Northrop Grumman CEO christens Cal Poly lab
Wes Bush, the CEO of Northrop Grumman, one of the nation’s largest defense contractors, praised Cal Poly San Luis Obispo for its ability to produce work-ready engineers and called on other CEOs to partner with the school and others like it.
“Getting it right in higher education matters. Collectively, I believe, we in industry have an obligation to make sure we get it right together. Cal Poly gets it,” Bush said.
Bush was on campus Jan. 23 to dedicate the Cal Poly Northrop Grumman Cyber Lab, a 32-workstation facility that the company helped the school build. The lab, which features a direct connection to Northrop Grumman’s cybersecurity group and a server room that mimics what students will find in the real world, is the physical centerpiece of the new Cal Poly Cybersecurity Center, a suite of courses and facilities.
Bush said programs like Cal Poly’s will be crucial in meeting the need for experts in cybersecurity, which he called a “critical and growing challenge” that affects nearly all facets of modern America.
“This isn’t just about national security. Fundamentally, it’s about economic security,” he said. “Clearly there’s a lot of technology involved in this, but technology is not what makes it happen. It’s people.”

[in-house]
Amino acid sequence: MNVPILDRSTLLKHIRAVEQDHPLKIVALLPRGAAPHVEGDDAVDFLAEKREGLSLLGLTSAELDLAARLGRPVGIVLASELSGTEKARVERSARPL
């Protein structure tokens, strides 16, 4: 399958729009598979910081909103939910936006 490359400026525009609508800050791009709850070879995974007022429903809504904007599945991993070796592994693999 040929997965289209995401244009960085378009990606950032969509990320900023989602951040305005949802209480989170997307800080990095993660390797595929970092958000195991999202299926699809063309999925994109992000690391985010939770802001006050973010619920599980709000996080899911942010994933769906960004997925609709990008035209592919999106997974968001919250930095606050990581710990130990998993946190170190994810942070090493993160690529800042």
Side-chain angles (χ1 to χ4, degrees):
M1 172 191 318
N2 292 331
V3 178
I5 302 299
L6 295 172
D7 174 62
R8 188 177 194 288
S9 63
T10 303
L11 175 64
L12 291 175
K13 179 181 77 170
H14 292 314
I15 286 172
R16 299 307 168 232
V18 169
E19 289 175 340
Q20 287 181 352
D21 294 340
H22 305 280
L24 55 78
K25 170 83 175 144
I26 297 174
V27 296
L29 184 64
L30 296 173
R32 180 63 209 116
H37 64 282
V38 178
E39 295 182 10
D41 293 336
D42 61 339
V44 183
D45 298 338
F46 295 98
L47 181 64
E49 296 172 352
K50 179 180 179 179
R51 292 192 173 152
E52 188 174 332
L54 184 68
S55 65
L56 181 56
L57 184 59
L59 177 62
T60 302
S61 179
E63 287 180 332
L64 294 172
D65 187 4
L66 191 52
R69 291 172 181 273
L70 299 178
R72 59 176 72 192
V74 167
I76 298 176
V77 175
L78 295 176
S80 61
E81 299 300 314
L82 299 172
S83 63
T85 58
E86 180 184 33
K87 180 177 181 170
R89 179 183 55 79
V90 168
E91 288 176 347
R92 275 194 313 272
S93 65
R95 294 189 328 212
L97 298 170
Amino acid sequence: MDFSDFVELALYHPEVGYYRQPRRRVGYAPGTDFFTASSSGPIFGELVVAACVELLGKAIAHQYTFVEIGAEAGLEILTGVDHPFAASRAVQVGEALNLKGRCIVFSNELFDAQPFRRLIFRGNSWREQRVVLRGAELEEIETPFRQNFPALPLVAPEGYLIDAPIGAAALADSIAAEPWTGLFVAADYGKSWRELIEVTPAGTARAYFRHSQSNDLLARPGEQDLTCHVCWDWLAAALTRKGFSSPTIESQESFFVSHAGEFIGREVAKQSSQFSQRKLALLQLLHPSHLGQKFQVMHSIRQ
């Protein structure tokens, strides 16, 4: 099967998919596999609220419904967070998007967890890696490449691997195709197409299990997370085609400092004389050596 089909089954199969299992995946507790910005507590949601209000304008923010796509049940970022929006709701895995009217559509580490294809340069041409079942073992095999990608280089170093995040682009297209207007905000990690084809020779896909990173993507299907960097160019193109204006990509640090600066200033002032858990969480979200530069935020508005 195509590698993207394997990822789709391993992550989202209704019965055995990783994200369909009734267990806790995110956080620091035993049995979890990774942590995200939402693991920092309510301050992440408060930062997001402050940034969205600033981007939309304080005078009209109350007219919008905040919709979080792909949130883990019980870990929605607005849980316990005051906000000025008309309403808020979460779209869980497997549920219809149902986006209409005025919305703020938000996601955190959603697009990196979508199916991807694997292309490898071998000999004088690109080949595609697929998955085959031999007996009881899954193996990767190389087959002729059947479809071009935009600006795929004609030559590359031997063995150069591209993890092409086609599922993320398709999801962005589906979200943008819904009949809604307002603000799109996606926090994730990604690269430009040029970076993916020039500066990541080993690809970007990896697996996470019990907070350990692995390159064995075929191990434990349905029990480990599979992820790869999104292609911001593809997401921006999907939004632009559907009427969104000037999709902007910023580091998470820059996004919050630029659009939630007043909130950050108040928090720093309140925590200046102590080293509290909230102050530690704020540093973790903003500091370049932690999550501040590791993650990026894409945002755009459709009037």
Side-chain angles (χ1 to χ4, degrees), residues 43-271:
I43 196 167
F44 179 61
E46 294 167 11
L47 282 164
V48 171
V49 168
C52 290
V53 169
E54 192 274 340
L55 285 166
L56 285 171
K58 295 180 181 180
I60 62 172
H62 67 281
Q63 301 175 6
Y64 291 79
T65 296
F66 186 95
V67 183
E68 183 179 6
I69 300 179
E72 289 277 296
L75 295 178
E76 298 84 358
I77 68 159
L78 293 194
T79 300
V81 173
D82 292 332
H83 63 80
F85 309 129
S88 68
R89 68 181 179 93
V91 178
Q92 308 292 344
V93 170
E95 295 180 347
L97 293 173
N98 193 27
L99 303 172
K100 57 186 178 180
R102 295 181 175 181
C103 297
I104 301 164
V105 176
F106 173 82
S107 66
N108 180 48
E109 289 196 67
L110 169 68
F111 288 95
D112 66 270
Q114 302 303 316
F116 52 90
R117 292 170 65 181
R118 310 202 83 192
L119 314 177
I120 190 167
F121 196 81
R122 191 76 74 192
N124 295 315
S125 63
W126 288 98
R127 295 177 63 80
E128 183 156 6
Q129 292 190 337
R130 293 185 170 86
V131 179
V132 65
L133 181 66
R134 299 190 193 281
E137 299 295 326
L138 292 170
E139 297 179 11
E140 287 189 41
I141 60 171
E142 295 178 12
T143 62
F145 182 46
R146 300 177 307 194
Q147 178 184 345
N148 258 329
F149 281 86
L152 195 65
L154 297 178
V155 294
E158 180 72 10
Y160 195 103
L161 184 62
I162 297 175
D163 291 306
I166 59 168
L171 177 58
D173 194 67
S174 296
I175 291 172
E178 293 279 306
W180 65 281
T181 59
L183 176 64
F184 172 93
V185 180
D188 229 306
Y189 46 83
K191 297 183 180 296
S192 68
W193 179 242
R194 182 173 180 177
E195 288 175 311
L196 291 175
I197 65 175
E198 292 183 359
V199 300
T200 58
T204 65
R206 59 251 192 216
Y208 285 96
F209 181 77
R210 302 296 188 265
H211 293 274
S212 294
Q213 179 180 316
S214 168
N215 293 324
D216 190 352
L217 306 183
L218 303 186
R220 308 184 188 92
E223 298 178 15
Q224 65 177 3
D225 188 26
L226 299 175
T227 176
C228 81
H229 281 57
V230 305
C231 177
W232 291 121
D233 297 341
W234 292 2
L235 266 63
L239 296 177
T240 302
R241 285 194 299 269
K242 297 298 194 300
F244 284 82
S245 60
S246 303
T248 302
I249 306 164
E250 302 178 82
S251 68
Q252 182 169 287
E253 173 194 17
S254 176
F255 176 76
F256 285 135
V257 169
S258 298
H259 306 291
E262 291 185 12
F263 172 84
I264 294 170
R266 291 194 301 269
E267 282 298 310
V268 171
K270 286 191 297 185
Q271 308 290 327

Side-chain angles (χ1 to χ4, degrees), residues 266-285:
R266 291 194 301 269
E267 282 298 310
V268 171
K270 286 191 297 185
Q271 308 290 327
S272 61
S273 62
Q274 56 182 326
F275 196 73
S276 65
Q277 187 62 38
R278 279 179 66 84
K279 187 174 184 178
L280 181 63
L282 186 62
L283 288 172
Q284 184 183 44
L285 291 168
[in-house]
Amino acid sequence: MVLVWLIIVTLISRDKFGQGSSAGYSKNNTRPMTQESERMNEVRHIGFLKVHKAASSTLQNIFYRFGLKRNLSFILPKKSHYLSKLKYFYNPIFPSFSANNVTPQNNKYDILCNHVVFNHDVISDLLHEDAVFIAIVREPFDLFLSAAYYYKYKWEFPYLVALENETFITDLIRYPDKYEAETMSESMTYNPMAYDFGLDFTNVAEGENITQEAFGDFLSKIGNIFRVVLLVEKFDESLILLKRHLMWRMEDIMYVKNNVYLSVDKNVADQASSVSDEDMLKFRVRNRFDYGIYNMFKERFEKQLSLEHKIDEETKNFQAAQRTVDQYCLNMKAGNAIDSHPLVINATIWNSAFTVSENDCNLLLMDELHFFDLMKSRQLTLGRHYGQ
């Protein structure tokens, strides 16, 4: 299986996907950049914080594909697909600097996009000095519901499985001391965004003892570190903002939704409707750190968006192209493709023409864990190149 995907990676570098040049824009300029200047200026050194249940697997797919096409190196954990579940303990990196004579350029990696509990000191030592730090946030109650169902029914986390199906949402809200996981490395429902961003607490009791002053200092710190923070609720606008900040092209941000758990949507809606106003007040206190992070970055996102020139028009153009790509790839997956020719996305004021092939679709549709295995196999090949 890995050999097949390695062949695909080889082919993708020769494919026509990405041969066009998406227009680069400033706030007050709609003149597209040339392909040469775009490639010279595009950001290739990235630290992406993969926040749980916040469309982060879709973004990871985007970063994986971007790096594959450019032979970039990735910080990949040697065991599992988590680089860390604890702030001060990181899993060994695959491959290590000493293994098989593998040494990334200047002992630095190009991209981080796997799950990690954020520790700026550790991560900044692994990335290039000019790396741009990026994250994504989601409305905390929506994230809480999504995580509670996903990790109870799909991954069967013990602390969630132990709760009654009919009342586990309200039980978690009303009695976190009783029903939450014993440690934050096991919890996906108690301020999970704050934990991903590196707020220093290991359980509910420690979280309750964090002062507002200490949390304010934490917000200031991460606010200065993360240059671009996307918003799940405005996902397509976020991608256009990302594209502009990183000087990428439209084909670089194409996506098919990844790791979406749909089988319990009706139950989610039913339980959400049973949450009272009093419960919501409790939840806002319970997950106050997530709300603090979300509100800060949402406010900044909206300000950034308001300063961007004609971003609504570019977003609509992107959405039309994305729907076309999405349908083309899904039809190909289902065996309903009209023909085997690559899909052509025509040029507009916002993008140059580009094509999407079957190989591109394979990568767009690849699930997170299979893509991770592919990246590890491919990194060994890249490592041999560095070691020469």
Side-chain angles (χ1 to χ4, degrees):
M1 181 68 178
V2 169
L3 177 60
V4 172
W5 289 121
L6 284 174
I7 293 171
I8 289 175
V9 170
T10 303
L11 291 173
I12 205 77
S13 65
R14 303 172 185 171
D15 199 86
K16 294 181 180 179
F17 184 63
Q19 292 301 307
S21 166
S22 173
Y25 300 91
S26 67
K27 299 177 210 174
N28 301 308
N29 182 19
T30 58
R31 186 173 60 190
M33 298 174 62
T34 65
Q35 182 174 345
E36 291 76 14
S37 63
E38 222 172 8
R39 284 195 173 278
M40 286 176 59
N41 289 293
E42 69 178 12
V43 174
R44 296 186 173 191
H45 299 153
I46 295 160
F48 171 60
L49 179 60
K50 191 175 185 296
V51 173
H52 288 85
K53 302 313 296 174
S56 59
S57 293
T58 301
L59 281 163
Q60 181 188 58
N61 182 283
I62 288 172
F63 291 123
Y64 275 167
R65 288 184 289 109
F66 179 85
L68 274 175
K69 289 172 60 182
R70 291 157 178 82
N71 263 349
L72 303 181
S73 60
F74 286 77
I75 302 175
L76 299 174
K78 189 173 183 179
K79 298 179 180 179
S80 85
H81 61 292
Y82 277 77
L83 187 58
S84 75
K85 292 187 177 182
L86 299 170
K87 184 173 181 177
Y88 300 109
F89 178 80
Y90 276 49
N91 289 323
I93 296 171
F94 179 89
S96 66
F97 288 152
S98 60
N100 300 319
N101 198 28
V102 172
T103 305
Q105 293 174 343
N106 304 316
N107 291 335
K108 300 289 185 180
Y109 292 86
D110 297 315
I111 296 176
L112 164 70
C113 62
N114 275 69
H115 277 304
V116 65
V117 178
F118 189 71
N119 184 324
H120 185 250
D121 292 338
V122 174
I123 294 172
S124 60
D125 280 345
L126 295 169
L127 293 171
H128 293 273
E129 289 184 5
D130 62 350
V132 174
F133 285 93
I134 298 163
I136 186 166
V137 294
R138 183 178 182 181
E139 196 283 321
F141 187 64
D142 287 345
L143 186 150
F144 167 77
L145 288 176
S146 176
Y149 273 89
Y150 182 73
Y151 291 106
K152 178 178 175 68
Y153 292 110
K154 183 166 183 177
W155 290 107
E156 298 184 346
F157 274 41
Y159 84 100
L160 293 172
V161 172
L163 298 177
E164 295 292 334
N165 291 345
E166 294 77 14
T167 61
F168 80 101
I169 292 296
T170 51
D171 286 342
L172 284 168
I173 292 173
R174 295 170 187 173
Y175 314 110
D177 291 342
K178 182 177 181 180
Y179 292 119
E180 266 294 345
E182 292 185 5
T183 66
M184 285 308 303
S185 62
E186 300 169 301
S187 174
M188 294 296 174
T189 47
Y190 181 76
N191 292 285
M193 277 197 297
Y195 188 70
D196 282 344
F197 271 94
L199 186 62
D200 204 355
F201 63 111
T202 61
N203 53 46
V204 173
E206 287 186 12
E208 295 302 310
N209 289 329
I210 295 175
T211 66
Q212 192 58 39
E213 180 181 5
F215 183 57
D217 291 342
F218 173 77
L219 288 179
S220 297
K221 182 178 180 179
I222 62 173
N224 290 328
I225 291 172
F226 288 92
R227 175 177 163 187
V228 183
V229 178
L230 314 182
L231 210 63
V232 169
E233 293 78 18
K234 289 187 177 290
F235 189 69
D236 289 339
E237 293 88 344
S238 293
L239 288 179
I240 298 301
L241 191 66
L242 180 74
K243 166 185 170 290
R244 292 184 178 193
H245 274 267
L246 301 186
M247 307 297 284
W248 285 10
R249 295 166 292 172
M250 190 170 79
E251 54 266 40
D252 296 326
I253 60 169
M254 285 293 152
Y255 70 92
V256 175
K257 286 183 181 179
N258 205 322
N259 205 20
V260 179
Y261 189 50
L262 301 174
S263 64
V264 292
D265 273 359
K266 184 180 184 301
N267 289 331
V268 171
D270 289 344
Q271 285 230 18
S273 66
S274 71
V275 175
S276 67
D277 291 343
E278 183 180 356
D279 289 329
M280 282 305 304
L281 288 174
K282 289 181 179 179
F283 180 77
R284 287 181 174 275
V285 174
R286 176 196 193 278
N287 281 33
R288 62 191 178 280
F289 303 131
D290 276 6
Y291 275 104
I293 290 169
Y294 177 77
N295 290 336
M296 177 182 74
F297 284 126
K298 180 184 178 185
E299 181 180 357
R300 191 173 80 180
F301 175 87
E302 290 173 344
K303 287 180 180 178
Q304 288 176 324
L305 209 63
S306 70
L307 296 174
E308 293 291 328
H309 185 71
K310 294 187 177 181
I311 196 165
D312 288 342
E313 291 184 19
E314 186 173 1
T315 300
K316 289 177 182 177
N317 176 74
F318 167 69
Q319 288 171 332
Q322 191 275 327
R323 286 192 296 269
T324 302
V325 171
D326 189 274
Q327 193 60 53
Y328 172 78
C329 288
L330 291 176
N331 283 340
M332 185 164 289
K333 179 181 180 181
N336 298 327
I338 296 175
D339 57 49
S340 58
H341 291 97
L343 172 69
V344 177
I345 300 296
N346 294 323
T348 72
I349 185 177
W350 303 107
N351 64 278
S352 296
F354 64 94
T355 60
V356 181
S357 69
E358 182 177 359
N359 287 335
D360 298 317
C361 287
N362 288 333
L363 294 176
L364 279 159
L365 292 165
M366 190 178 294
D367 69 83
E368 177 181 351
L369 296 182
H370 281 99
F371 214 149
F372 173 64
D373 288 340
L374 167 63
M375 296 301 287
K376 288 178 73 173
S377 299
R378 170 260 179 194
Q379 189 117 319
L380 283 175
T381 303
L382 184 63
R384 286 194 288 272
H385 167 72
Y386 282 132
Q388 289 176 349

The Northrup Grumman Foundation provided funds for building the lab, and Dale Griffiths, chief scientist in the Northrop Grumman’s Intelligence System Division in McLean, Va., set up and configured the lab. But the ongoing connection with the firm is what will make Cal Poly a national leader in security training, said Jeffrey Armstrong, Cal Poly’s president.
“Cybersecurity by its very nature is an exercise in staying ahead of the curve. The threats evolve faster than the textbooks,” Armstrong said. “This opportunity is unprecedented in higher education and particularly unheard-of at the undergraduate level. … This is much more than a state-of-the-art lab.”
As previously reported the by the Business Times, the lab is part of a broader cybersecurity effort at Cal Poly that will play out over the next several years as courses are added. In addition to producing cybersecurity specialists, the school hopes that all of its engineers who do computer coding will have basic training on the topic.
Cal Poly’s cybersecurity programs have also been supported by Raytheon, Parsons Corp., McAffee, Boeing and Pacific Gas & Electric. Bush, the Northrop Grumman CEO, encouraged companies to contribute to higher education with a broader focus than their own immediate needs.
“Many times companies look at working with a university as a way of locking in a partnership, locking in a talent base. That’s not the way it works. We need to come together,” Bush said. “We’d love to be able to hire every one of the students, but we know we’ll have to compete for them. This is going to be the place where people come to look for talent.”